Women and Christianity: representations and practices

II. Genesis and its traditional interpretations

1. The Story of the Creation of Man and Woman

The book of the Genesis opens on 2 cosmogonical stories integrating two myths on the origins of man and woman. The first text reads as follows:

"And God said, Let us make man in our image, after our likeness: and let them have dominion over the fish of the sea, and over the fowl of the air, and over the cattle, and over all the earth, and over every creeping thing that creepeth upon the earth. So God created man in his own image, in the image of God created he him; male and female created he them. And God blessed them, and God said unto them. Be fruitful, and multiply, and replenish the earth, and subdue it; and have dominion over the fish of the sea, and over the fowl of the air, and over every living thing that moveth upon the earth." (Genesis 1; 26-28)

In this first narrative, God simultaneously created Man and Woman. In the second, however, he starts with the creation of Man, who he puts in the Garden of Eden. However, judging that "it is not good that man should be alone", he decides to give him "an help meet for him":

"And the LORD God caused a deep sleep to fall upon Adam, and he slept: and he took one of his ribs, and closed up the flesh instead thereof; And the rib, which the LORD God had taken from man, made he a woman, and brought her unto man. And Adam said, This is now bone of my bones, and flesh of my flesh: she shall be called woman, because she was taken out of Man. Therefore shall a man leave his father and his mother, and shall cleave unto his wife: and they shall be one flesh." (Genesis 2; 18-24).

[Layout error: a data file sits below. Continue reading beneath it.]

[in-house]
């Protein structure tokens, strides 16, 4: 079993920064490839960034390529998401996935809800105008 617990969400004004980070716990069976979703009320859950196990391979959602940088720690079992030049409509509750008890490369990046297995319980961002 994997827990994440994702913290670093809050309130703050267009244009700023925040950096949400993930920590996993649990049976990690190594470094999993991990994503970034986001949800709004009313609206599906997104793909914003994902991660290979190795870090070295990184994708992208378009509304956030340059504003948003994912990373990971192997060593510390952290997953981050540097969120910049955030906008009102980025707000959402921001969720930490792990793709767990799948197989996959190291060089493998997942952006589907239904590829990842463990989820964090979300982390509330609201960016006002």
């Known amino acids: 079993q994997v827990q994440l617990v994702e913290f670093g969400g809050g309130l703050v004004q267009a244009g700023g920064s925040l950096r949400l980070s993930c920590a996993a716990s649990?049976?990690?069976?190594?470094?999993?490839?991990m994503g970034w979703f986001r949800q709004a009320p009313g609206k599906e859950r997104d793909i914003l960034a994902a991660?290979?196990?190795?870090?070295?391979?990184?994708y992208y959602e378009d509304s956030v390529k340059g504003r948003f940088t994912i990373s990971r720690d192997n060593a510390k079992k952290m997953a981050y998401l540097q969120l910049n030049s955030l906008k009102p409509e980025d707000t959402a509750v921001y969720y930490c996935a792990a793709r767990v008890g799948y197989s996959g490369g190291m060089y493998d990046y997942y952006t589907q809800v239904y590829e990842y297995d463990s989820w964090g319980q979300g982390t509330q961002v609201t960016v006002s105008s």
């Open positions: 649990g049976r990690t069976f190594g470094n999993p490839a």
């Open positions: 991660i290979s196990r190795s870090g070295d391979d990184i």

This second tale is obviously aimed at legitimising marriage, which in a way is presented as a return to their origins: by unifying, man and woman become once again one flesh. However, this tale also suggests that women must be subordinate to men, having been created after him in order to bring him "an help meet for him". And this is how it has been interpreted in the Jewish tradition, Islam and Christianity alike. The Koran for example quotes this text twice (Sourate VII, 189; XXXIX, 6), whereas the first creation myth is never mentioned. Sourate XXXIX reminds us that women were created for men. In the text of the first Corinthians where Paul, Christ’ s Apostle, justifies the obligation for women to cover with a veil in churches example once again of the women required submission to men: